What is a ‘Yoga Body’? What kind of image comes to your mind when you associate yoga body? If you are thinking of a ‘lean, toned and sexy’ body, you may be stereotyping.
Well, I believe in reality, there is no such thing as a perfect ‘Yoga Body’. Every body is a yoga body. Social media may very well be the culprit planting these ‘perfect’ images in our heads to form these stereotypes. Every time someone hashtag #yogabody, other hashtags such as #fitness #hot #perfectbody pop up collectively. These associations and impressions may have caused some misconceptions that people are having such as ‘I only can do yoga if I’m flexible and skinny’. Many people think generally, yoga is all about flexibility and twisting or contorting your body to make beautiful poses, and the ‘harder’ the pose, the more instagram likes it will have. However, the word “yoga” in Hindi actually means “to yoke”, and it emphasizes on union and connection. Little do people know that apart from physical poses called asanas, yoga actually includes 7 other aspects of breathing, meditation, and other nonphysical practices.
Recently, I was browsing at the National Library and I came across an interesting yoga book by Lauren Lipton – Yoga Bodies: Real People, Real Stories & the Power of Transformation. It caught my attention mainly because it did not have the usual ‘hot and lean’ model on the cover. Instead, the front cover was a photo collage of people of different ages, ethnicities, shapes and sizes doing asanas. In this book, Lipton profiles more than 80 people who have discovered the transformational power of yoga – each page beautifully captured them performing an asana each with much confidence. Don’t be mistaken. By beautiful, I don’t mean performing an asana with perfect alignment. Some of them might have done the pose with wrong alignment, or is not flexible enough to touch the toes and some even handicapped, but it truly shows what yoga is all about – yoga is for everyone and it is an individual learning journey. It also writes about how each of them found yoga and how it helps them to cope with their daily lives.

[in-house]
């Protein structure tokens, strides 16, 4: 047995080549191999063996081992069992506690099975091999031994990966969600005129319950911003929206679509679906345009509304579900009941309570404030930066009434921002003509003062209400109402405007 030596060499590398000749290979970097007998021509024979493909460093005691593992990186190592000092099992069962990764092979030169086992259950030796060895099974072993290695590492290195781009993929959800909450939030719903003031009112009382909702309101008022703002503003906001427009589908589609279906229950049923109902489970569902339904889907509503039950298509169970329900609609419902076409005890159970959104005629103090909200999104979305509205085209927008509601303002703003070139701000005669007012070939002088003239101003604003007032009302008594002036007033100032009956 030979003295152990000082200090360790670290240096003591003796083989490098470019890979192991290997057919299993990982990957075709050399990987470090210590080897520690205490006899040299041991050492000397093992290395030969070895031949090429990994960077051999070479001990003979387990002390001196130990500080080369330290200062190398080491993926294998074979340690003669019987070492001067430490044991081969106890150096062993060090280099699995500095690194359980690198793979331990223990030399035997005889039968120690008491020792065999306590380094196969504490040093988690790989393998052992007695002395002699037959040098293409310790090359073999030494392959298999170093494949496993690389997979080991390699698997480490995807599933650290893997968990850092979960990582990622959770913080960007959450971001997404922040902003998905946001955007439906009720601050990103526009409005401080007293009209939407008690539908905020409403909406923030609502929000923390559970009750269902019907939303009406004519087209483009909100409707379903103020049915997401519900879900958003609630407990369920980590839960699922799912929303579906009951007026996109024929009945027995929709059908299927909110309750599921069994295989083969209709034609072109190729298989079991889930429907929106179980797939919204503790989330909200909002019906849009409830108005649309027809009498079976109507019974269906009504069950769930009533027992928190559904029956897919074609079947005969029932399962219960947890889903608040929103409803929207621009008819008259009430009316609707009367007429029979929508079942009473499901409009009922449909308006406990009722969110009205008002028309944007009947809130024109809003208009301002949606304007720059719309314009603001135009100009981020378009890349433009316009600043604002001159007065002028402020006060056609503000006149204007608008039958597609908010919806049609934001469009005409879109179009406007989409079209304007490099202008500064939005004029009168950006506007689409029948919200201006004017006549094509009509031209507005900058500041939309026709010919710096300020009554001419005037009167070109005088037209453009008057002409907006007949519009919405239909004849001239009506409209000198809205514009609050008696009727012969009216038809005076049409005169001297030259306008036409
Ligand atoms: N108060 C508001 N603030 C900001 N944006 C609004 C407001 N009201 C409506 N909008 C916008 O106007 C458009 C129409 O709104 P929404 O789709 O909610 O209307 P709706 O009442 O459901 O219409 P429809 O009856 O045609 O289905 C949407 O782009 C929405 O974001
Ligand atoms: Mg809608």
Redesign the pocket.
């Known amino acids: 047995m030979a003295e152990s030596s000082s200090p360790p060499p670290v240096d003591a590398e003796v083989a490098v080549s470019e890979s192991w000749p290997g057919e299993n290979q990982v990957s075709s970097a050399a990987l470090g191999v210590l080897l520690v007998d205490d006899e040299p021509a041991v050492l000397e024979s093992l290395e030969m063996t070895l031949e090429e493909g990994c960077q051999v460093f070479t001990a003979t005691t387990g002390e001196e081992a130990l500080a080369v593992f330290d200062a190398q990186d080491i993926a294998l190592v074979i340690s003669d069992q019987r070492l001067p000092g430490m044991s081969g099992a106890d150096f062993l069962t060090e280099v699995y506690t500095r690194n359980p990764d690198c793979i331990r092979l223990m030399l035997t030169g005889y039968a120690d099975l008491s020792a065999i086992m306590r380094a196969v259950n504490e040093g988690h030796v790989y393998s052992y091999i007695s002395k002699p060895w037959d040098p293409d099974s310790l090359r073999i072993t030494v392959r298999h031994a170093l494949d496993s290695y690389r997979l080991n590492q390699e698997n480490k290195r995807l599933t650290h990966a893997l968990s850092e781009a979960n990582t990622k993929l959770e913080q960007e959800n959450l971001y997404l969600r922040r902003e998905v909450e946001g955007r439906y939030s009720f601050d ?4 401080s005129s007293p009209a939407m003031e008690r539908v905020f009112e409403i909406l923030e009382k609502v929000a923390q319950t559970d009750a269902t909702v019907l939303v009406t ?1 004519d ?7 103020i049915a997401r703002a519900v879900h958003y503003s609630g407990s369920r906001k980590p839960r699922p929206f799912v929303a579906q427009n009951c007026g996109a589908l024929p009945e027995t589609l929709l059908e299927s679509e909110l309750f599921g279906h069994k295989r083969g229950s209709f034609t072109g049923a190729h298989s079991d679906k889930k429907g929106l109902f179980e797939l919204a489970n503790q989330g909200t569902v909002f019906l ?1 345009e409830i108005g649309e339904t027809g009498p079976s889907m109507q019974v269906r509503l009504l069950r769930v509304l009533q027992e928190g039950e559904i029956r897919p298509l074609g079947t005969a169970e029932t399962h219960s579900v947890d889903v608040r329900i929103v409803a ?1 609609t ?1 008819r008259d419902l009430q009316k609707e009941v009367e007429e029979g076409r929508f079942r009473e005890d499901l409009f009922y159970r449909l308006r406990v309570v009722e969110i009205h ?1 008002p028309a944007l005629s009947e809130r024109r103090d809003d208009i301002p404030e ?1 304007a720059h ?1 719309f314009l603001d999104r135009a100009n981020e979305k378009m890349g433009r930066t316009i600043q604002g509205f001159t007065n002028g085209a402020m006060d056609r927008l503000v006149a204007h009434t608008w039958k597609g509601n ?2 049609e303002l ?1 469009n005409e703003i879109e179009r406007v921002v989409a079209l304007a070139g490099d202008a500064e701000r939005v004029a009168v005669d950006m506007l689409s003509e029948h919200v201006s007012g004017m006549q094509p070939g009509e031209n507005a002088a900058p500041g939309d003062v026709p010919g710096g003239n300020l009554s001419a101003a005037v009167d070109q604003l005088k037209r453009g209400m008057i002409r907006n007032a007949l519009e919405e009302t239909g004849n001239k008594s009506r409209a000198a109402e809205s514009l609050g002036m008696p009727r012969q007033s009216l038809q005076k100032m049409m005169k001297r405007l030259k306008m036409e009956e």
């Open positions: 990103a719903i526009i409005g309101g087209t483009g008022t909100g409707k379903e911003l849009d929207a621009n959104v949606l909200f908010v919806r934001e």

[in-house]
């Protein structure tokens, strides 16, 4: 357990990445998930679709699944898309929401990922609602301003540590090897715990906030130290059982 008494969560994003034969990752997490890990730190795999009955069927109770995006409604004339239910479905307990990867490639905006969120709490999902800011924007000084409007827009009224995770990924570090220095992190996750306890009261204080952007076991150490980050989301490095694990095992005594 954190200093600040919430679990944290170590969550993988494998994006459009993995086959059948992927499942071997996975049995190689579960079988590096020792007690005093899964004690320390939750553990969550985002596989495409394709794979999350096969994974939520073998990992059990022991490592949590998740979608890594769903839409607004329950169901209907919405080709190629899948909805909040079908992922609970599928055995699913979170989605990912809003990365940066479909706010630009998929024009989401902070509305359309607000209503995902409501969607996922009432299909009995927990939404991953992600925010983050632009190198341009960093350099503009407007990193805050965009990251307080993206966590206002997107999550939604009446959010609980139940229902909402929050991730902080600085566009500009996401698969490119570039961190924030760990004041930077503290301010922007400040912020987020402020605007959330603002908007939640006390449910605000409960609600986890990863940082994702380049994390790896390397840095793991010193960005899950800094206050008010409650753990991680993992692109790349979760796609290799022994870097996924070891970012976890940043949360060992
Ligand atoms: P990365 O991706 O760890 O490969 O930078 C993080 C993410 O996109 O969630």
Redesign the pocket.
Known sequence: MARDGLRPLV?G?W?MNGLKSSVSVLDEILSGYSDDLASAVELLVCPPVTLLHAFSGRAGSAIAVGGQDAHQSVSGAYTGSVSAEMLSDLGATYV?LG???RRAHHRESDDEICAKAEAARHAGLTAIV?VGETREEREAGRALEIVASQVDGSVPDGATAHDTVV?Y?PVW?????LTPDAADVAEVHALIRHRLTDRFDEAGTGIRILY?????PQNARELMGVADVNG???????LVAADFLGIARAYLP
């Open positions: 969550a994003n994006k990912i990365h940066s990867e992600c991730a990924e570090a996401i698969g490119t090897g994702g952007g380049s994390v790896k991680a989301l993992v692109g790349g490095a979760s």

I believe yoga is many things and offers something for everyone — whether you’re a fitness junkie who wants to use yoga to improve your flexibility for other sports, a stay-at-home parent looking for a respite from the demands of domestic life, an office dweller who has no time to work out or someone who just wants to try for fun, yoga invites each of us to define it as we wish. I like how in her book, she did not only emphasize on the physical changes yoga brought to them, but also on a deeper level, how yoga helped them cope with insecurity, anxiety, depression, addiction, disability, gender identity, racism, aging, and more.
There shouldn’t be feelings like self-consciousness and envy when you’re on your yoga mat. There should be no competitions between you and your mat neighbours. You should not feel demoralized when everyone around you in the studio can perform a headstand and you cannot. You should not start questioning yourself after this whether it was because you were not flexible enough to walk your legs in a little more during the prep pose, or that you simply just did not have the upper body strength to lift your legs up away from the mat. Instead, we all should focus on our individual journey and not let others determine what we are and by what we see.
Yoga is for everybody. You don’t have to be thin and you don’t have to be fat. You don’t have to be of a specific colour, race or religion, nor a vegetarian to do yoga. Let’s start by bursting the yoga bubble and let yoga be accessible to everyone.
Tell yourself and your friends that they already have THE yoga body.